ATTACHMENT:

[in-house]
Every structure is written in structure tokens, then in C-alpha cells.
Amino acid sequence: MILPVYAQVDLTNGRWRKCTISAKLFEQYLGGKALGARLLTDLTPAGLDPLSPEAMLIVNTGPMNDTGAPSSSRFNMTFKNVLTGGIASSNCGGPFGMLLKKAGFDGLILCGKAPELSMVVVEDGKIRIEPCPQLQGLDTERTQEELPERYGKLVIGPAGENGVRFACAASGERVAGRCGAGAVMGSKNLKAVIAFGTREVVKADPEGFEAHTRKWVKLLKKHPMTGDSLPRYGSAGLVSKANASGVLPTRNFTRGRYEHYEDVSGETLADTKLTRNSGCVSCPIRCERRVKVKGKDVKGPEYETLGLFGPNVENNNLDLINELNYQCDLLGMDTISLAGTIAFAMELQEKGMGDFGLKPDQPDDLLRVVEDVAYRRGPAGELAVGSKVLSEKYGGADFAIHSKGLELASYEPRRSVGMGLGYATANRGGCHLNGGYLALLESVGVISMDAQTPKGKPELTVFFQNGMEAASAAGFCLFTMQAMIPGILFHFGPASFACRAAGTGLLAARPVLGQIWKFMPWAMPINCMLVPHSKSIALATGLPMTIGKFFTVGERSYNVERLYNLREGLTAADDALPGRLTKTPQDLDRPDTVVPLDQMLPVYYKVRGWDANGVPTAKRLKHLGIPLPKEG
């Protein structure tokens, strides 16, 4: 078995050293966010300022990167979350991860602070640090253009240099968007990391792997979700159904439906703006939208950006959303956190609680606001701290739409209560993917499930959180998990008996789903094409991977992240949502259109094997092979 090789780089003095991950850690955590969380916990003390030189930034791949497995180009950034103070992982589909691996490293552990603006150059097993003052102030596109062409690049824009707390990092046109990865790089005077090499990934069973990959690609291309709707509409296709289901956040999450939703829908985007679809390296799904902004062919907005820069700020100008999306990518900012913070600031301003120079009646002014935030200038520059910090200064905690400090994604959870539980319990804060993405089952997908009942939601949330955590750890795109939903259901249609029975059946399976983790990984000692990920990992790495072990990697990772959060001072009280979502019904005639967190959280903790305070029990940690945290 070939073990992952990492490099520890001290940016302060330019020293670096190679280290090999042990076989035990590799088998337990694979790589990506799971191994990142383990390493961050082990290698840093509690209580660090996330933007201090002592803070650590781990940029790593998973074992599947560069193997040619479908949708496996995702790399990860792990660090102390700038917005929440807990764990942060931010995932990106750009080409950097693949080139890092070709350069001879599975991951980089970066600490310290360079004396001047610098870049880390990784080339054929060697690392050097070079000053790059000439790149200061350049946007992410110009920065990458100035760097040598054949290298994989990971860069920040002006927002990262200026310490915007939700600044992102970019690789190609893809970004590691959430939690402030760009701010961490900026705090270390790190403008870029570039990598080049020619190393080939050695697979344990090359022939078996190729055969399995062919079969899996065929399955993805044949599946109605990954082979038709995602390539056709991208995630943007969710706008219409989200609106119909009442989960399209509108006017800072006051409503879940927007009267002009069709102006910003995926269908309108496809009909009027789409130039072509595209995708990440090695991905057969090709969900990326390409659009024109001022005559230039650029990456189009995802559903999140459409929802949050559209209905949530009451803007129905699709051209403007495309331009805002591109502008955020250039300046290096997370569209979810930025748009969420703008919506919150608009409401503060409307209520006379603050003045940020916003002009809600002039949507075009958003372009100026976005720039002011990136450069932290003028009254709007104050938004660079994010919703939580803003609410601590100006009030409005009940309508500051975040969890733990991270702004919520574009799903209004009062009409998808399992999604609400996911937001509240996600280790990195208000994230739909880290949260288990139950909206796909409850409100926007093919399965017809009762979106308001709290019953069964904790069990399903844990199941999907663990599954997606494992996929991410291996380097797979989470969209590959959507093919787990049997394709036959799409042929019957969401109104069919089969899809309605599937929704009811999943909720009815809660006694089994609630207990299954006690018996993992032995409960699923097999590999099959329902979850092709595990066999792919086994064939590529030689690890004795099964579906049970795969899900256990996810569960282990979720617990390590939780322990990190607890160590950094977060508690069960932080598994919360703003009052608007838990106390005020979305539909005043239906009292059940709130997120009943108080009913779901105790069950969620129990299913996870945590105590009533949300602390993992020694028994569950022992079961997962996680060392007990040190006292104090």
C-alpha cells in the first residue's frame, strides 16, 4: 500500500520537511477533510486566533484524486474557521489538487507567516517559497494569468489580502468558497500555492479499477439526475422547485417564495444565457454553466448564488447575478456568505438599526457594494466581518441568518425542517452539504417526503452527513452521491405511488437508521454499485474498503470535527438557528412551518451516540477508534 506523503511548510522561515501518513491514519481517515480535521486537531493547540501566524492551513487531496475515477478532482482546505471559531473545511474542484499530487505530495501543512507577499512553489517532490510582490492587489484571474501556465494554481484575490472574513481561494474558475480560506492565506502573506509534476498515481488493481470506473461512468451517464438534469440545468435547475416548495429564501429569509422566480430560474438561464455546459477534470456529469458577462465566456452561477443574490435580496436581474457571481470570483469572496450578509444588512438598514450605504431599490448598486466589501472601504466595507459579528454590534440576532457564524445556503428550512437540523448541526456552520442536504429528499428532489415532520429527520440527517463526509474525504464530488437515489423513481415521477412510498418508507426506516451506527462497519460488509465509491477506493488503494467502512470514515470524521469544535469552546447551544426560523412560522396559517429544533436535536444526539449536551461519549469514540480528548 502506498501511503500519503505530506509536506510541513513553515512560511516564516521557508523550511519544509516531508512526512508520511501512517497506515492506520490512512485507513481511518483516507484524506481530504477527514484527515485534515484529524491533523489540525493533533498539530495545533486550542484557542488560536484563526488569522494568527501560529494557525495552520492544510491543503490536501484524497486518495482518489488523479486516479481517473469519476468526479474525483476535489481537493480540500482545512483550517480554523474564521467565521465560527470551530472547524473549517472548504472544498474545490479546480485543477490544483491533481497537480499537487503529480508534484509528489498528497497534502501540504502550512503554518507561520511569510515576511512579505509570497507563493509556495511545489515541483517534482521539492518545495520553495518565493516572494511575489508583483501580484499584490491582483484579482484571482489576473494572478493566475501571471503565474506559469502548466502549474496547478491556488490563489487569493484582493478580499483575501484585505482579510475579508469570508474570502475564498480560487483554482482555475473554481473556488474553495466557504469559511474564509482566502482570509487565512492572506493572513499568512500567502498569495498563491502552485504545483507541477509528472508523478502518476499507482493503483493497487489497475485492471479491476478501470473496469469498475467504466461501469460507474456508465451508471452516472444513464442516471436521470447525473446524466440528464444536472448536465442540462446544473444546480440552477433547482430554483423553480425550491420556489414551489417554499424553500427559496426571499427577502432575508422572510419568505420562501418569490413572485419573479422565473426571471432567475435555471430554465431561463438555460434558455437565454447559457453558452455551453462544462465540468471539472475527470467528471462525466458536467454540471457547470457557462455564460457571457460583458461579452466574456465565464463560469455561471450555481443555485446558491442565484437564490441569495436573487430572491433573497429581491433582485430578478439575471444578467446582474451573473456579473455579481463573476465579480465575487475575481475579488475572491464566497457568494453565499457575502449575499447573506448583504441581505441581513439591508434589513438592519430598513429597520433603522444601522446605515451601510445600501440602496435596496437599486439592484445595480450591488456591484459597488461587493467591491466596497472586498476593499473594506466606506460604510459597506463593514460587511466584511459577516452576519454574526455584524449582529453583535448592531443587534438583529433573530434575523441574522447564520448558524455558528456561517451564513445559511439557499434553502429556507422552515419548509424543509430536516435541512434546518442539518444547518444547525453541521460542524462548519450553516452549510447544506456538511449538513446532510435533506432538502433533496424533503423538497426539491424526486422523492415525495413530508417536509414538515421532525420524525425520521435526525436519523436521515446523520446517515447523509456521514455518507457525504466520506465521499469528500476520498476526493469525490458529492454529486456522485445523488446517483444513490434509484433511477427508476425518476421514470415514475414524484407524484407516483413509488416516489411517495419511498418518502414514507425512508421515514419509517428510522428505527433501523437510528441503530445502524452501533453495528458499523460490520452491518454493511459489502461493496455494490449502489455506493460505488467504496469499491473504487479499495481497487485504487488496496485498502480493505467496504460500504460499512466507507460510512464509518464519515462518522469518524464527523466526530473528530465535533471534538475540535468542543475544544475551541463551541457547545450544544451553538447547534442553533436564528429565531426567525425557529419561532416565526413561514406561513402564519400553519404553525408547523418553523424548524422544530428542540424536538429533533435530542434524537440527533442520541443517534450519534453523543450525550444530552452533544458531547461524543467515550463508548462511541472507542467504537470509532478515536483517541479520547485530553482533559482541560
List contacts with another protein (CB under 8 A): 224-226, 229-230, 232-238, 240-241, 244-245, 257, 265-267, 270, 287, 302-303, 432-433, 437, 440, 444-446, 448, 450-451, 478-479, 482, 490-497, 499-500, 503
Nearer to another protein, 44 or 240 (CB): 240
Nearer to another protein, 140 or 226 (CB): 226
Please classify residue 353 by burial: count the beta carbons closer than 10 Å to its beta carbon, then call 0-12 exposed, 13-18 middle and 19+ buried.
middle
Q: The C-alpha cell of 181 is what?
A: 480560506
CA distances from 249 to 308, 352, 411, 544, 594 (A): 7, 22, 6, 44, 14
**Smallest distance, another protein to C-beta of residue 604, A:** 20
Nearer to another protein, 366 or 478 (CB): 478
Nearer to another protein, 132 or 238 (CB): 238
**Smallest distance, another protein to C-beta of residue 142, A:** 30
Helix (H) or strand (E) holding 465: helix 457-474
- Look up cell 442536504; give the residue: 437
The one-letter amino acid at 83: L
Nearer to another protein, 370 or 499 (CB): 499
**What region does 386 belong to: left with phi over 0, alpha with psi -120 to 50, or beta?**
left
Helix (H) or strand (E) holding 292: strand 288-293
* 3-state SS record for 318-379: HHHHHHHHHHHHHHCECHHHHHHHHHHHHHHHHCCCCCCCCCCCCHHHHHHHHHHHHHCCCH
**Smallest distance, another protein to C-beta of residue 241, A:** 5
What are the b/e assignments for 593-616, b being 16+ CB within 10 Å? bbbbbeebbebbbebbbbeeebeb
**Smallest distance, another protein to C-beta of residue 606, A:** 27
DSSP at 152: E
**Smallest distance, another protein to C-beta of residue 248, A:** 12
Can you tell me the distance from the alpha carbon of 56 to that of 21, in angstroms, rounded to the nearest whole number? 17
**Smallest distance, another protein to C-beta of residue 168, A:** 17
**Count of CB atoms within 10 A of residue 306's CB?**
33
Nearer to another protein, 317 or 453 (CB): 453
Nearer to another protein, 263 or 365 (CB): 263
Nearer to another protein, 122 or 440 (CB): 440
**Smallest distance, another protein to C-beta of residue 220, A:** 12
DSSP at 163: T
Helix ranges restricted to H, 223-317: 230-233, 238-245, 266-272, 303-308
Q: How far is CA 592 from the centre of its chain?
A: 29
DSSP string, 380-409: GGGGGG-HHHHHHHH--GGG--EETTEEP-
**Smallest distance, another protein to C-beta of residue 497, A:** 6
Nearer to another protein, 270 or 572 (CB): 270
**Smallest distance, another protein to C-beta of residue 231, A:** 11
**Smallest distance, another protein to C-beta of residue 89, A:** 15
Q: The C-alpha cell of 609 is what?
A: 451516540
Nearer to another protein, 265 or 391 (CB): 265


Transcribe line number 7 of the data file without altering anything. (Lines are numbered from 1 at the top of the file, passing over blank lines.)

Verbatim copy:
Nearer to another protein, 44 or 240 (CB): 240